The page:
WASHINGTON—A day after the APTS and NAB offered their comments requesting the expansion of Distributed Transmission Systems, tech groups—specifically New America’s Open Technology Institute and Public Knowledge—are making their case as to why DTS spillover signals at this time should be considered unlicensed.
The FCC Notice of Proposed Rulemaking that has resulted in these comments is proposing an expansion of the commission’s rules regarding DTS. However, OTI and PK are supporters of TV white spaces, the spectrum between TV stations and wireless broadband. The expansion of DTS would decrease the spectrum available for wireless broadband, they argue.
In the joint APTS, NAB comments, they say that expansion of DTS will help with the deployment of the ATSC 3.0 standard. OTI and PK counter by saying it is premature to take such action on that since there are few ATSC 3.0 services available to the public and the benefits aren’t yet known.
“At this early stage in the development of ATSC 3.0, the commission should not rely on promises of future services as the basis for another massive giveaway of spectrum to broadcasters,” the comments read.
Other potential issues with the current proposal is the possible creation of a DTS “Interference Area” more than twice the size of the current licensed coverage area of a broadcast station licensee, the tech groups claim. To help against this, the two organizations urge the FCC to not grant signal interference protection.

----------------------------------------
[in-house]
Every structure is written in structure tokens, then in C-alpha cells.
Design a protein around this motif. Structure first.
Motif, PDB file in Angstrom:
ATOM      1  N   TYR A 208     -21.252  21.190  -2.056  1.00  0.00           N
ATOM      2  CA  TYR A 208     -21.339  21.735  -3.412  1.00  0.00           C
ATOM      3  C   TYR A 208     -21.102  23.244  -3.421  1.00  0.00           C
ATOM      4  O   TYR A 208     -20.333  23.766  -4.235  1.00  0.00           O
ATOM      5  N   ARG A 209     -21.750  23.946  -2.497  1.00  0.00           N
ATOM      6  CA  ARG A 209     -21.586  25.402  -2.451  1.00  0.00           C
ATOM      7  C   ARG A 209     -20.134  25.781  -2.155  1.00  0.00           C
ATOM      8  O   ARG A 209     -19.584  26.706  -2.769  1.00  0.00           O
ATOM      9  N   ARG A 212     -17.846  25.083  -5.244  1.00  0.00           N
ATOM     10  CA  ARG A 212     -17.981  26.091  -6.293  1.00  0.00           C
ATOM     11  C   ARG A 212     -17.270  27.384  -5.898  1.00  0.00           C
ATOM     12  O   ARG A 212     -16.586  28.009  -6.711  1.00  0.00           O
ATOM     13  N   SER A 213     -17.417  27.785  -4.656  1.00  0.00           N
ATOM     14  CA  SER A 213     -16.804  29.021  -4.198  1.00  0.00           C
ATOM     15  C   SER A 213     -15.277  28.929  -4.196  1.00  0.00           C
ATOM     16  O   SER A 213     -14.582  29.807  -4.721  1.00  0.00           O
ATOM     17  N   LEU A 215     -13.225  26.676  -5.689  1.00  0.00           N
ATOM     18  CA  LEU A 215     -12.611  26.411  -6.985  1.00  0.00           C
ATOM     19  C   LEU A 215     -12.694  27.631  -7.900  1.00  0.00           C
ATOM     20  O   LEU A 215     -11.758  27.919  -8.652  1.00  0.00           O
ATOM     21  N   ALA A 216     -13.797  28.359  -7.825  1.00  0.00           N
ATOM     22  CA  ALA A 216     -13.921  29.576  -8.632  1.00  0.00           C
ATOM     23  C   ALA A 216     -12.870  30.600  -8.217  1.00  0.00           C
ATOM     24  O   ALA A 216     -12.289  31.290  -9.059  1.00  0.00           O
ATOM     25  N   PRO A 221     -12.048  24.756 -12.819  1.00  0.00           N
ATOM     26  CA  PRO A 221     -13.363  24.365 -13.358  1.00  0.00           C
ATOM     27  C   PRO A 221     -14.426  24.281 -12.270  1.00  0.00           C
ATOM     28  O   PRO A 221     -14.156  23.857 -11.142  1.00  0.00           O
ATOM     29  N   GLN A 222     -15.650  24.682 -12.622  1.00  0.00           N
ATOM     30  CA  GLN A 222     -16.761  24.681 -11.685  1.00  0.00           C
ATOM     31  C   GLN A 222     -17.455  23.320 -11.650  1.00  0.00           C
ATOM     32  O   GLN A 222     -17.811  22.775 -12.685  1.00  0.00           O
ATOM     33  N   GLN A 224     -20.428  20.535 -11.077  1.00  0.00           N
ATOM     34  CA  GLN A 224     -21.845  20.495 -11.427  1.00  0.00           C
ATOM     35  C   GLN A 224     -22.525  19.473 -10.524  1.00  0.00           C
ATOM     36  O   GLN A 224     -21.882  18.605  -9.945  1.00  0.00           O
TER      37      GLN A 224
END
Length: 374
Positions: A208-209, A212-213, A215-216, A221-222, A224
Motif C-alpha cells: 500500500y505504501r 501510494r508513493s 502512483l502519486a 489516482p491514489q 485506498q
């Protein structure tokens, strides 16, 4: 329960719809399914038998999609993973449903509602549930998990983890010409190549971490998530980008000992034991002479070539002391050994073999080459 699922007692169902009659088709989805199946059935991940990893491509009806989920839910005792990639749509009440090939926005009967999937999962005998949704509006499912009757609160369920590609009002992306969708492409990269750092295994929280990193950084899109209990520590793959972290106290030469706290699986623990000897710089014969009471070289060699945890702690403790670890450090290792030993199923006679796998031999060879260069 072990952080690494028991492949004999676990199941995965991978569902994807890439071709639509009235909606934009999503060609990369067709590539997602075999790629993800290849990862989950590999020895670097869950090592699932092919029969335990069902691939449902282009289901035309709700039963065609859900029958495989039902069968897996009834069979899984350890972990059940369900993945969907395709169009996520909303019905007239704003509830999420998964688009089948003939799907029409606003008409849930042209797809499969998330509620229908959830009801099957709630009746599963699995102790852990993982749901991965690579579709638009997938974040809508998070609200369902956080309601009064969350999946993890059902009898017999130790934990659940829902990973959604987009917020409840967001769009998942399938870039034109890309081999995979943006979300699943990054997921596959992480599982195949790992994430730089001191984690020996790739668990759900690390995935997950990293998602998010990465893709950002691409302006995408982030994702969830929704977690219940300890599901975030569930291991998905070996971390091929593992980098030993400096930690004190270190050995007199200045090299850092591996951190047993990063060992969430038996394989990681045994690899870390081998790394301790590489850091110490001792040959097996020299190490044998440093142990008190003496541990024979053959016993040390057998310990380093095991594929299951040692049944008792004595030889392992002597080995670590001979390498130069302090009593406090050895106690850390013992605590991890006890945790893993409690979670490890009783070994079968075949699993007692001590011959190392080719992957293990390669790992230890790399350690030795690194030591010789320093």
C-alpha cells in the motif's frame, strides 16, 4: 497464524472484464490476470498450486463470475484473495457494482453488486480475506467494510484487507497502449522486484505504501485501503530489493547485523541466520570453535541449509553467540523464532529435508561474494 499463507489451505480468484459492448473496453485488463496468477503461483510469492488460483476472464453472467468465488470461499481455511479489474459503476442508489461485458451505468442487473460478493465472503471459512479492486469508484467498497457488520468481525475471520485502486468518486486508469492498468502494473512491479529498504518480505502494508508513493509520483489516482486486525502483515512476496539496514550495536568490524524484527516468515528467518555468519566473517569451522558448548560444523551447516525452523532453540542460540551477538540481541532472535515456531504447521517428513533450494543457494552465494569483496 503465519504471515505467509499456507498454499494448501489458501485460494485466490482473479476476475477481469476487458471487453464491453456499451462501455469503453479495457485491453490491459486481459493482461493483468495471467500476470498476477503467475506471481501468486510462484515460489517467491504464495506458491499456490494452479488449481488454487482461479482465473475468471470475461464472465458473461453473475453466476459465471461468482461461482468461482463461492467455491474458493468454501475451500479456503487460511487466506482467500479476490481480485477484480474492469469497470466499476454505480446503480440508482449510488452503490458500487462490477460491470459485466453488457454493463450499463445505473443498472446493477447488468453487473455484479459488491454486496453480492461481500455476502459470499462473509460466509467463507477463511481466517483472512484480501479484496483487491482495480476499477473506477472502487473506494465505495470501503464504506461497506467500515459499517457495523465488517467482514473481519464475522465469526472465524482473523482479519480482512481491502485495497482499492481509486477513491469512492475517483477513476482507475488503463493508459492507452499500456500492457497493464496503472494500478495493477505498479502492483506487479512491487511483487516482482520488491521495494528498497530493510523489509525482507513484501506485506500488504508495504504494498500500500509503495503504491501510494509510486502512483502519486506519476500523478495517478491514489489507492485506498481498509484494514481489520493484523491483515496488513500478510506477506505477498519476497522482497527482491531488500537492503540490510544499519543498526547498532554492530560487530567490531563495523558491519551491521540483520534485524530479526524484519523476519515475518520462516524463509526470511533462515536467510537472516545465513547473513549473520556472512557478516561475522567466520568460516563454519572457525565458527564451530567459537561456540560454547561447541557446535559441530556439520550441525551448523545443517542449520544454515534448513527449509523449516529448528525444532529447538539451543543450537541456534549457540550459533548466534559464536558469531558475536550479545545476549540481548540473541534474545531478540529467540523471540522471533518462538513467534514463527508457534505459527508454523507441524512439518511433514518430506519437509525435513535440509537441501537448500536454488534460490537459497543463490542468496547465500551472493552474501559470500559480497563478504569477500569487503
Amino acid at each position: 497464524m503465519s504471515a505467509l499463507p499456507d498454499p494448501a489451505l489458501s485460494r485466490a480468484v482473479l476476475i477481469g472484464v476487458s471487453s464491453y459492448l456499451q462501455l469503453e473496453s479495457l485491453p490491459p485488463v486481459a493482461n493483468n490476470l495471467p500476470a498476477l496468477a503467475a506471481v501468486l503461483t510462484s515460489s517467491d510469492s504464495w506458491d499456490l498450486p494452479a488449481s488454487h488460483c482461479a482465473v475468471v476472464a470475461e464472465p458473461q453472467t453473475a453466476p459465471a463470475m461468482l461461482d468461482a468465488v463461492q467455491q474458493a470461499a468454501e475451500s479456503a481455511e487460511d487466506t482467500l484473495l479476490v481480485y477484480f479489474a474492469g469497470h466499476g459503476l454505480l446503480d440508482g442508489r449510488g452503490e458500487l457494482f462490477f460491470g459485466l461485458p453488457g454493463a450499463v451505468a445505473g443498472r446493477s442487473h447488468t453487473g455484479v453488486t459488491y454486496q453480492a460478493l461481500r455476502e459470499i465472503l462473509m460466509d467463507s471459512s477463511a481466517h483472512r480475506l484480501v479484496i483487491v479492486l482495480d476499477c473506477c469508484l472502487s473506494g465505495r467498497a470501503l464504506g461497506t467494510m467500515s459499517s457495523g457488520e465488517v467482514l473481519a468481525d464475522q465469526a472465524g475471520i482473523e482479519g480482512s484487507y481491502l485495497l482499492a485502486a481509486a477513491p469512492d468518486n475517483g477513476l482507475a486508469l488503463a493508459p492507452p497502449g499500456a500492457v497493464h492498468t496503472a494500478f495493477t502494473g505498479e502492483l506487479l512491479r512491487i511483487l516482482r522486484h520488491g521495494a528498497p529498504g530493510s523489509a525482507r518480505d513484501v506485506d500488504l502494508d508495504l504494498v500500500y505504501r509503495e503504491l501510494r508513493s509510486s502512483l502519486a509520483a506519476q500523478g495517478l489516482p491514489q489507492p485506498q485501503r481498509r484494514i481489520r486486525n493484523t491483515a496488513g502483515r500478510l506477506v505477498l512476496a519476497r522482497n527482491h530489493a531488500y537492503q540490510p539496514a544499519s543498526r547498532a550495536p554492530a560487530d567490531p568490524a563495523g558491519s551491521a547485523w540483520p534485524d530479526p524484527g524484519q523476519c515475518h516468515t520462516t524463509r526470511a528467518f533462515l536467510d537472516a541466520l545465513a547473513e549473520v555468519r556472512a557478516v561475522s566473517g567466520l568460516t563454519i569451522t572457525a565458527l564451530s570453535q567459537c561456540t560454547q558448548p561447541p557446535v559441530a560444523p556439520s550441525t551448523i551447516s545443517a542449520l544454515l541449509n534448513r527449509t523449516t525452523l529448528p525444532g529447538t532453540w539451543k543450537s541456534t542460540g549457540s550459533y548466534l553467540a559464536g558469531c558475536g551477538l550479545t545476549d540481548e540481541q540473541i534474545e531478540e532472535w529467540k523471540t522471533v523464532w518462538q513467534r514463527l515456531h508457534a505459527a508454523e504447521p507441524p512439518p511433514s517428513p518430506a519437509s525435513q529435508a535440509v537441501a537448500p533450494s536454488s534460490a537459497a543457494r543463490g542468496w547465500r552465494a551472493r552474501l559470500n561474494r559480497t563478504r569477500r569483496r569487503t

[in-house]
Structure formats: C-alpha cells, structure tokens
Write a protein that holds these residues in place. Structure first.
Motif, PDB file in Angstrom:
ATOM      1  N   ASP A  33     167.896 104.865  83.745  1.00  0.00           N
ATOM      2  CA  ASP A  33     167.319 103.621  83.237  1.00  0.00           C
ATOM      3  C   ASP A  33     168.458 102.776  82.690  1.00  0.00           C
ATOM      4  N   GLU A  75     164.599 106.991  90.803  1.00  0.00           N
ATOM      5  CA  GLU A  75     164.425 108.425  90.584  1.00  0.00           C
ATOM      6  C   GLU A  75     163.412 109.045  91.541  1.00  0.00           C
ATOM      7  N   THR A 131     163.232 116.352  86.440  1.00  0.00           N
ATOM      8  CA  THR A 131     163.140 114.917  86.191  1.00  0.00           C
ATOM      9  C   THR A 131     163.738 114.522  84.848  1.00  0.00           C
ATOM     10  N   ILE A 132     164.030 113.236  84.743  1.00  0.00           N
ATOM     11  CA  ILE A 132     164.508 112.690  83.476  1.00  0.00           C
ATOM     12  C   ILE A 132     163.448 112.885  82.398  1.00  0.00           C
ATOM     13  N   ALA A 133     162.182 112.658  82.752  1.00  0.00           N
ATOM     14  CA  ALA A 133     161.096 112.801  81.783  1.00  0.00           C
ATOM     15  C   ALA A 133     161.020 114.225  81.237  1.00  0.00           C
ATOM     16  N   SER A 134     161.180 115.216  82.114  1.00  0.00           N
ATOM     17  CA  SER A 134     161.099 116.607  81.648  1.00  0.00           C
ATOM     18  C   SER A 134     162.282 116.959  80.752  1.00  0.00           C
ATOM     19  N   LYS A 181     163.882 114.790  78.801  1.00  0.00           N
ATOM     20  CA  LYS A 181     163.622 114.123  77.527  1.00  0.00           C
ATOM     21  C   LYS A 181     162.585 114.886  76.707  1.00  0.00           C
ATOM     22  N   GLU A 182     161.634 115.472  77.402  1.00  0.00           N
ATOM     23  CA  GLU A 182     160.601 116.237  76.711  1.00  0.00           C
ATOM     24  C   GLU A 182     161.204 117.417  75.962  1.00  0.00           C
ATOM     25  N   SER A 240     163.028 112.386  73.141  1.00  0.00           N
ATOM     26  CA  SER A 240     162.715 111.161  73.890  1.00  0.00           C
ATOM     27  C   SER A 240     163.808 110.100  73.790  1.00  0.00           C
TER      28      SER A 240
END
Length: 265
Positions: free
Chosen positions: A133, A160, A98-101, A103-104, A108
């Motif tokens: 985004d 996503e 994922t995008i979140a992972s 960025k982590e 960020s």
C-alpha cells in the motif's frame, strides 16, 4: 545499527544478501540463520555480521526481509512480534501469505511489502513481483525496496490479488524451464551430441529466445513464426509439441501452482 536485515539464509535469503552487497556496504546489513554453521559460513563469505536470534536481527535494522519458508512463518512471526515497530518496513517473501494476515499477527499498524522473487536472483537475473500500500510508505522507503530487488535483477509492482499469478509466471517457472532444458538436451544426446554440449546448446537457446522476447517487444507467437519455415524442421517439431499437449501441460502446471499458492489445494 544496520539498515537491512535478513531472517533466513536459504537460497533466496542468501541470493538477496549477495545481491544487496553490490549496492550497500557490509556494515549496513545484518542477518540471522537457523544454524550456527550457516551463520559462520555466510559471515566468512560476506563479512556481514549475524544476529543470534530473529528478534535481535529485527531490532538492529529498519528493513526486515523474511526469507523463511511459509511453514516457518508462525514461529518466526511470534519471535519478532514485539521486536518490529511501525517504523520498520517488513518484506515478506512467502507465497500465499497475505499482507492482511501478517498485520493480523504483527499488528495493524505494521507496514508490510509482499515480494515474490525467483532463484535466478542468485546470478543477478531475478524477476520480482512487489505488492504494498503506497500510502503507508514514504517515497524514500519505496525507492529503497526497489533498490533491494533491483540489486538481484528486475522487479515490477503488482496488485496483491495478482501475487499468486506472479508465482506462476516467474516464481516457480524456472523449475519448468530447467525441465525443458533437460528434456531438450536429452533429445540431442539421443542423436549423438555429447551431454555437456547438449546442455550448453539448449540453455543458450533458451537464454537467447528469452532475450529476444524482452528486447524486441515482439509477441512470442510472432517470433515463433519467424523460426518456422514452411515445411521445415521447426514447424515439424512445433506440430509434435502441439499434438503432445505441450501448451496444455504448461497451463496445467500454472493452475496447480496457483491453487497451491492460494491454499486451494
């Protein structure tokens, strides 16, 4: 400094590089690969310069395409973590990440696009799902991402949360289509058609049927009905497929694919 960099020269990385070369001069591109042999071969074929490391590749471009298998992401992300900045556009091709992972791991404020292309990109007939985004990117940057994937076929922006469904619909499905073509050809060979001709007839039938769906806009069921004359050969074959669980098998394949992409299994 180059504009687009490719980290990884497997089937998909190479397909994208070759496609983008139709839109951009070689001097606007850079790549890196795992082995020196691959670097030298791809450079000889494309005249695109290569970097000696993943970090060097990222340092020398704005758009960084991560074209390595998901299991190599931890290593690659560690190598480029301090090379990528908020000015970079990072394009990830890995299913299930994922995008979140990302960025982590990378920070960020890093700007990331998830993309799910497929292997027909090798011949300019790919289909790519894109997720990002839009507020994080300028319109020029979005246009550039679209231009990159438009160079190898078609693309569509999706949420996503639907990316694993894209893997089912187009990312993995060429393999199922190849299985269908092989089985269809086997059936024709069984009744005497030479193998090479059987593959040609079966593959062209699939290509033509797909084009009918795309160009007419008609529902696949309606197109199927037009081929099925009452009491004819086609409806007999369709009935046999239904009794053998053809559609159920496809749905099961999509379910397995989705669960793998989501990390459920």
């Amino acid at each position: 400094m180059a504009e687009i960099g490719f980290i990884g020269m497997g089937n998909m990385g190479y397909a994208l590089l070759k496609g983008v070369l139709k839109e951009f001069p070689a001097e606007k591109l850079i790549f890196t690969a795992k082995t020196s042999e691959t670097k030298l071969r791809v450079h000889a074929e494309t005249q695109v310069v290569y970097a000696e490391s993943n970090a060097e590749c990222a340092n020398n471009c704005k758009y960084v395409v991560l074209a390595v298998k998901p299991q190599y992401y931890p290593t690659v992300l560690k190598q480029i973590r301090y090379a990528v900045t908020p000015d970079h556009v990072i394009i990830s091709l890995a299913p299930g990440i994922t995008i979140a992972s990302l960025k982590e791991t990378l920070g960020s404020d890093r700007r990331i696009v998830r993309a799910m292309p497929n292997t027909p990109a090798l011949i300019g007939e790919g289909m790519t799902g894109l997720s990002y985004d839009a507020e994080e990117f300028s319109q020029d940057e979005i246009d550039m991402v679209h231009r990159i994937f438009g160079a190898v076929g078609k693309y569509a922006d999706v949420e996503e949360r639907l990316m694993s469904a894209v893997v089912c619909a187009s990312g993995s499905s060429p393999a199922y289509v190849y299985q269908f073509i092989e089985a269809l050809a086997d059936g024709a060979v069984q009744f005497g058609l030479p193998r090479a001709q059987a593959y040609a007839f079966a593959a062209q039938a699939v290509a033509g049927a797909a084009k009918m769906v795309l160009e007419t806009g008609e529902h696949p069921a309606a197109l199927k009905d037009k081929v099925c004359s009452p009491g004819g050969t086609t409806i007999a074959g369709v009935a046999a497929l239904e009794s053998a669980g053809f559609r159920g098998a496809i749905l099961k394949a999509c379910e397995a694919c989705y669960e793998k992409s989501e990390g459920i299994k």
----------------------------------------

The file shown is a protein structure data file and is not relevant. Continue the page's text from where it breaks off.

“Upgrading the status of spillover signals beyond DTS station’s areas to primary or secondary status could effectively grant broadcast licensees twice as much spectrum without even requiring that the license use the free spectrum to deploy services promised when ATSC 3.0 was authorized,” OTI and PK write.
Granting interference protection could also deny neighboring communities of other services, including TV white spaces, which could deter the use of vacant TV band spectrum to help try to close the rural connectivity divide, per the comments.
“DTS spillover signals should be considered unlicensed and should not confer interference protection rights against other licensed or unlicensed operations,” OTI and PK conclude.
The full comments are available through the FCC’s ECFS.
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